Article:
He was ‘the third last of six lads and three girls’ born to James Connolly, the lock-keeper at Shannon Harbour during the first decades of the 20th century. Shannon Harbour was built in 1830 to provide a link between the horse-drawn barges that came up the Grand Canal from Dublin and the various boats that serviced the towns and villages along the Shannon.
For Tom and his siblings, it was a wonderful place to be ‘raised and reared’. The town had a bonded warehouse, a customs and excise post and a Royal Irish Constabulary barracks complete with holding cells. There was the Harbour Masters house, a boat repair dockyard, a school, several taverns, a smithy and livery, a large number of stone cottages and a Grand Hotel.
The Connollys learned to swim in the three waters that gathered at the harbour – namely the Grand Canal itself and the Rivers Shannon and Brosna. There were corncrakes to watch and fish to be caught. Handball was a particular favourite of Tom although he also had a strong penchant for dancing.
Indeed, it was the day after a dance that Tom’s barge, laden with beet, clunked to a halt outside Rathangan. ‘It was 19 and 40’, said Tom when we met him and his wife Joan in 2006. ‘At that time, the war was on and the government used to store a lot of beet in Rathangan. We had pulled in at Spenser’s Bridge and that’s where I first saw the lady herself.’
‘Wasn’t I the fortunate one!’ interjects Joan, preparing tea and biscuits behind us. Joan Conlan had also grown up on the canal. Indeed, like Tom, she and her twelve siblings had swum its waters, admired its birds, played hide and seek amid its leafy banks. They lived near the Spenser Bridge outside Rathangan, a small cottage built by their father house in 1908.
A friend of Joan was engaged in a secret romance with one of Tom’s colleagues on the boats. Fearful that her family would disapprove of a liaison with a boatman, the friend had asked Joan to deliver a message for her. Joan cycled down to the boat and tapped on the window. Lo and behold, Tom looked up and said ‘sure, where did you come out from?’ ‘And that was that’, they say in virtual unison.
Tom had left school in 1933 and spent the subsequent year ‘minding the locks’ for his father, opening and closing the gates to level the water. ‘There was a kind of farm out the back as well so there was cattle to look after and hay to be got and turf to be got too’. However, by the early 1930s, the horse-drawn boats once so popular in Shannon Harbour were giving way to diesel-fuelled barges that could make their way directly to the Shannon quays. Shannon Harbour had become little more than a toll booth and refuelling depot. Young Tom grew restless. ‘I always wanted to work on the canal’, he explains. ‘So, my eldest brother came home and took over the lock and I started on the boats in 1935’.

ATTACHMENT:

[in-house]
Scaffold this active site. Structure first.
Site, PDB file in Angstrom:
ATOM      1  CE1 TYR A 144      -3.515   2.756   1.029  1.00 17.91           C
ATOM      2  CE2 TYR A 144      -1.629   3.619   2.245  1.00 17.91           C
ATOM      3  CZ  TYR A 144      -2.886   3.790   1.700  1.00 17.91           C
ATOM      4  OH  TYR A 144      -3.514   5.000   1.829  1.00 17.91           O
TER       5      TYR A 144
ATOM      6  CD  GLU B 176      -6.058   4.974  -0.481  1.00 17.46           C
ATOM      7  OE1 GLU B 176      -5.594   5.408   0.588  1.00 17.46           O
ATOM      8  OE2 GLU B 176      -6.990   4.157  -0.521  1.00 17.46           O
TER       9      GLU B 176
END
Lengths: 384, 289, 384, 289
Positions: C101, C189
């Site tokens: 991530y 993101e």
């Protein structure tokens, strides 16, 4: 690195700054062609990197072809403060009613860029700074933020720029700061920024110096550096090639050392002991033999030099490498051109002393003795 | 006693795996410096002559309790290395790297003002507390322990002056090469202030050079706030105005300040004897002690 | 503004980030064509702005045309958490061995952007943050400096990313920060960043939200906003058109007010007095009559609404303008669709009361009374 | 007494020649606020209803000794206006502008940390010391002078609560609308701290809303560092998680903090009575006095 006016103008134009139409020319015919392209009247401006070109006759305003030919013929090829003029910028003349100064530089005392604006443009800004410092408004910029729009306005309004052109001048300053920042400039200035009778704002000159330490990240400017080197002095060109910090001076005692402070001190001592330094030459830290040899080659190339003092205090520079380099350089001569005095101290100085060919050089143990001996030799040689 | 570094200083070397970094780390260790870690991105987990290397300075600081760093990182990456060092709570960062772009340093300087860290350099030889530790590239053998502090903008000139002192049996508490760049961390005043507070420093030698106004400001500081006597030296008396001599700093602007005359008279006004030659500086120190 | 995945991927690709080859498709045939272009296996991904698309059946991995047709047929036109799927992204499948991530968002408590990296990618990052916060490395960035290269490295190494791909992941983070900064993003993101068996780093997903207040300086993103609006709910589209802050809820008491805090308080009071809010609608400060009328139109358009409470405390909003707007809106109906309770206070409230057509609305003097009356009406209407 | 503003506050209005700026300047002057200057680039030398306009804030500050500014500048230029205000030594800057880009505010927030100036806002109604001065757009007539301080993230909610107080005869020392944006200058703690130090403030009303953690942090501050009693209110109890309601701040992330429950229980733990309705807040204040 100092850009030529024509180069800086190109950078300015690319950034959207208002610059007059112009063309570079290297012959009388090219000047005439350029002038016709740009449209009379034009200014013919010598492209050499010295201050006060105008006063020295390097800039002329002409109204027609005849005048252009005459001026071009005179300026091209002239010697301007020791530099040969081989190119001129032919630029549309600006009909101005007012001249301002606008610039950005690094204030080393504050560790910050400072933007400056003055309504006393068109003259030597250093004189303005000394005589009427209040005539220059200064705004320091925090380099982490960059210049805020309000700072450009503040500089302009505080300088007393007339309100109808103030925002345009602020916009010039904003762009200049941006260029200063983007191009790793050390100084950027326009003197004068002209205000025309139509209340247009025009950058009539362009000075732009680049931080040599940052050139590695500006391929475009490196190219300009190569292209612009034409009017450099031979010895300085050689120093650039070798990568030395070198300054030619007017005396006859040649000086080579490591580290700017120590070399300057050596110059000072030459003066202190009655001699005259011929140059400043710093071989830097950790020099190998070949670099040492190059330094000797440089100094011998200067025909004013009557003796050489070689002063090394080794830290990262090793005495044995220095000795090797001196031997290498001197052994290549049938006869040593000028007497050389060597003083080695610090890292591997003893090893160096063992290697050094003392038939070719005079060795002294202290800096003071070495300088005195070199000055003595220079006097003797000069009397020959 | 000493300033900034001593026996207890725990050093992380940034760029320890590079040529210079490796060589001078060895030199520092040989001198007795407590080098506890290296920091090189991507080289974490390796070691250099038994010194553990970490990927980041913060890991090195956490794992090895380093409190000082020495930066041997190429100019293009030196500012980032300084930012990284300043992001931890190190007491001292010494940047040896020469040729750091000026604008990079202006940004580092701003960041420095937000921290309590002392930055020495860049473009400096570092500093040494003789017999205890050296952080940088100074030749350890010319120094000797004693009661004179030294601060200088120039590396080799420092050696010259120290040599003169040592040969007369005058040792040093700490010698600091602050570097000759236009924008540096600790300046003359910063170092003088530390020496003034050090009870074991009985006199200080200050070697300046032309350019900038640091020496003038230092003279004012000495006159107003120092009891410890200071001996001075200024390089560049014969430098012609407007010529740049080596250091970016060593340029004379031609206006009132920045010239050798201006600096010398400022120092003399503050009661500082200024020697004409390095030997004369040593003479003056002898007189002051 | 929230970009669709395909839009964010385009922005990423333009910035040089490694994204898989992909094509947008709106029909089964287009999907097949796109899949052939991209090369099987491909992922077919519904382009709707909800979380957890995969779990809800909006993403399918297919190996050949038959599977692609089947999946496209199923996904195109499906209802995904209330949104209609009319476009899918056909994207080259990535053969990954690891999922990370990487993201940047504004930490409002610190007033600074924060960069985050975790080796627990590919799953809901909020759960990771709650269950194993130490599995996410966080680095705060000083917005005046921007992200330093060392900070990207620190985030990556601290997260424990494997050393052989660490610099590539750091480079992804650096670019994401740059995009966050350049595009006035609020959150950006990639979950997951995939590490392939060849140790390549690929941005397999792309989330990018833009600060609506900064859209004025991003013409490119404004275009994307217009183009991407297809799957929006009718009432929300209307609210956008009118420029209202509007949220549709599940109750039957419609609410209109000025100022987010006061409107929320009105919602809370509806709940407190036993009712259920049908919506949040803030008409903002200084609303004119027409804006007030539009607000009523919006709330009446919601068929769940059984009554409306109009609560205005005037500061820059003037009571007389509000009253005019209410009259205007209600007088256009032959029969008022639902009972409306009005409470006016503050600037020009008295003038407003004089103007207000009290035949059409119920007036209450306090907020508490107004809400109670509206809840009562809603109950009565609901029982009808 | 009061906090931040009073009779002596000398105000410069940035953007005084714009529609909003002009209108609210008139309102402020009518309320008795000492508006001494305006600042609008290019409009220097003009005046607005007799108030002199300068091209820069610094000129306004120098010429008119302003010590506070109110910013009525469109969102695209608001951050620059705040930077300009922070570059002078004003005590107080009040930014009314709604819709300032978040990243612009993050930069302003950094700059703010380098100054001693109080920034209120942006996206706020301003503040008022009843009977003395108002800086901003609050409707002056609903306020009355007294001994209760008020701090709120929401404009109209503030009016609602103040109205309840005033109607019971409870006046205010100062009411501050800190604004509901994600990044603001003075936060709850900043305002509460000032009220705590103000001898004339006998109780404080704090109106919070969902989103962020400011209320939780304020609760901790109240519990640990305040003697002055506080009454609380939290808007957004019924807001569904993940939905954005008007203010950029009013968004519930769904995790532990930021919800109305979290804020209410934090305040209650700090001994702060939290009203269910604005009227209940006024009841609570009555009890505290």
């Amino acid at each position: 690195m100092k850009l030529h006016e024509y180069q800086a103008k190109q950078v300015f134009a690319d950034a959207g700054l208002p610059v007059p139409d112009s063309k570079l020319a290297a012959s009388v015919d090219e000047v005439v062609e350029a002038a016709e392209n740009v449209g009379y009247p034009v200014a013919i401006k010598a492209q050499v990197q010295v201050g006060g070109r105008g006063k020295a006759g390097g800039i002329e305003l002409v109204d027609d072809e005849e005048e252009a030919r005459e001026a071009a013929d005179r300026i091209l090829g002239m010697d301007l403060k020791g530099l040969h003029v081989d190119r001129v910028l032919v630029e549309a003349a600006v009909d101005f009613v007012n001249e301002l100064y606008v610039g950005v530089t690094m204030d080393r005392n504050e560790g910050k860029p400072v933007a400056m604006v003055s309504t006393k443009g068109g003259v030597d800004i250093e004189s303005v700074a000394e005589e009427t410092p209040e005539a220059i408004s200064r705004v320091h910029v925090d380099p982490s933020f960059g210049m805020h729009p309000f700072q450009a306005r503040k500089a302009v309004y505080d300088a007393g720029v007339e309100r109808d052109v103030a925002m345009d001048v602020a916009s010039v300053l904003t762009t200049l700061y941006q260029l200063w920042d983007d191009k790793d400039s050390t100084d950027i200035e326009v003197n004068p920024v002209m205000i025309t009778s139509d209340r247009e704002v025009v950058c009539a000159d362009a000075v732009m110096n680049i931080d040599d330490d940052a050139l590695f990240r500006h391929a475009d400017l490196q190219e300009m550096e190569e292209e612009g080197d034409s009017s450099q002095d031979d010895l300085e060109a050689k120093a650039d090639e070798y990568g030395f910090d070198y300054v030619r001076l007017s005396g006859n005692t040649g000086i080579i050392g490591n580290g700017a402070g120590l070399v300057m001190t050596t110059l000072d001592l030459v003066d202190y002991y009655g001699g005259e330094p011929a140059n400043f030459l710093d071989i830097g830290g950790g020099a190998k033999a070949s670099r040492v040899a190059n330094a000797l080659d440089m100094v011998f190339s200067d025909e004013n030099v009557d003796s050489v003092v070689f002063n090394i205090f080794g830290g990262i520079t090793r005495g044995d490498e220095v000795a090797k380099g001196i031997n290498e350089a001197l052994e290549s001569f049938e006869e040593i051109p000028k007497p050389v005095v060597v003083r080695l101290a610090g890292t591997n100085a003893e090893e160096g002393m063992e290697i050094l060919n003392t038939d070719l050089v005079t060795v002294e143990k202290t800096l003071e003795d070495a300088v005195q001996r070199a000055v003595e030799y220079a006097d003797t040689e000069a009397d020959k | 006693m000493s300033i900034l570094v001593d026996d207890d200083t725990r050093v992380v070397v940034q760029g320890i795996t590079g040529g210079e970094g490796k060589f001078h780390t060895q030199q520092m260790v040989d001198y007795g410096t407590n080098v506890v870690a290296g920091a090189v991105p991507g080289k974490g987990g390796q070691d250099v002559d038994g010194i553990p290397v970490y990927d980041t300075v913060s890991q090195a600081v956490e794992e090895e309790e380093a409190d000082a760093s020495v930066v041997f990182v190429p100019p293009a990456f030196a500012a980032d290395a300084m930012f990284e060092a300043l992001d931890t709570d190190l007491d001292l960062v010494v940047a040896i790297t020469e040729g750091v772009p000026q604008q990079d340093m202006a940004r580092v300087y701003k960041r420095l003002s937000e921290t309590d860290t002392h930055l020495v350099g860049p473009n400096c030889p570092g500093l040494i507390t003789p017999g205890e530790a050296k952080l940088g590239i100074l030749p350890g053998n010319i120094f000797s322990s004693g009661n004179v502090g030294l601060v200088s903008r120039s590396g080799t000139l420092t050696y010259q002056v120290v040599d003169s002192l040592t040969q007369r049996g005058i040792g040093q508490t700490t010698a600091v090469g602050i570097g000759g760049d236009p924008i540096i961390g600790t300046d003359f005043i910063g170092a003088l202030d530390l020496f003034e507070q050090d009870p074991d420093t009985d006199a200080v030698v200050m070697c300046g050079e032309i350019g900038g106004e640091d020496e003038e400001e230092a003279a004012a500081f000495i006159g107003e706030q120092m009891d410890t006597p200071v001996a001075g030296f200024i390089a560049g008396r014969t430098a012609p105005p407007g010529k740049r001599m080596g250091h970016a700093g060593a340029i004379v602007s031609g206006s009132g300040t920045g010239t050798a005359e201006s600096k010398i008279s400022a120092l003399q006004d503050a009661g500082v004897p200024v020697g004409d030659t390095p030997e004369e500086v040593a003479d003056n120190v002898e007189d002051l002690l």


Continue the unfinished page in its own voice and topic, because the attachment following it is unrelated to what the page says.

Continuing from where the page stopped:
For the next twenty years, Tom helped steer countless motorised barges along the Irish waterways. One of his most frequent missions was to bring Guinness from Dublin to the West. This involved loading up a barge with anything up to 450 kegs at James Street, behind the brewery, and then voyaging west 131 kilometres to his childhood home at Shannon Harbour. From there they would often keep going south down the Shannon to Limerick.
‘There was a long run and a short run’, explains Tom. ‘On the long run you’d go on to the Shannon and that’d give you a few days rest. On the shorter run, you’d go by Tullamore. But you wouldn’t ever know when you’d get back’. ‘Some of the drink might not be so good when we got there’, says Tom with a smile. ‘But I never touched them. I never drank in my life.’
On the journey back to Dublin, the barges would call in to other towns for fresh cargo to take back. There was always room for the beet that came up the Barrow from Carlow, or perhaps a load of malt barley to bring back to the Guinness Brewery. ‘Carrying forty or fifty bags of malt weighing over 20 stone over your shoulder is no easy job’, counsels Tom, still feeling the weight.
Tom developed an intricate knowledge of the Irish waterways. The Barrow was lovely to go down ‘but not so nice coming back - you’d have to winch your way through certain parts’. He has mastered the Erne, the Ballinasloe Canal, the Royal Canal and Lough Neagh. ‘We made friends with all the lock-keepers and a lot of odd people along the way’
The coming of the railways, and later the motor car, inevitably brought the age of the canals to an end. On 2nd June 1960, Córas Iompair Éireann (CIE) closed the Grand Canal to navigation. Fortunately the subsequent plan to convert the abandoned waterway into a motorway did not succeed.
Tom went on to work in the malt house in Rathangan, looking after the barley kept in stock for Guinness. ‘It’s gone now and I think they’re developing it as a housing estate. But I was there a long time, shifting malt and turning it all day long’.
Today, Ireland’s waterways have no commercial purpose but are still frequented by coarse fishermen, courting couples and old folk who remember the old days. ‘I’m 89 and I’m one of the last of the boat men now’, says Tom. ‘ I’ve one brother still alive and he’s older than I am. He’s 93 now. He was a boatman too but he went to America in 1952’.
Joan and Tom were married in June 1945. They have since enjoyed 61 years of marriage and have three sons and a daughter. As we prepare to leave, Tom throws his eyes at Joan and whispers to me: ‘She was a great find’.
(Tom later gamely appeared on the TV3 chat-show Seoige & O'Se with myself and Kathleen Lynam. He passed away in 2008).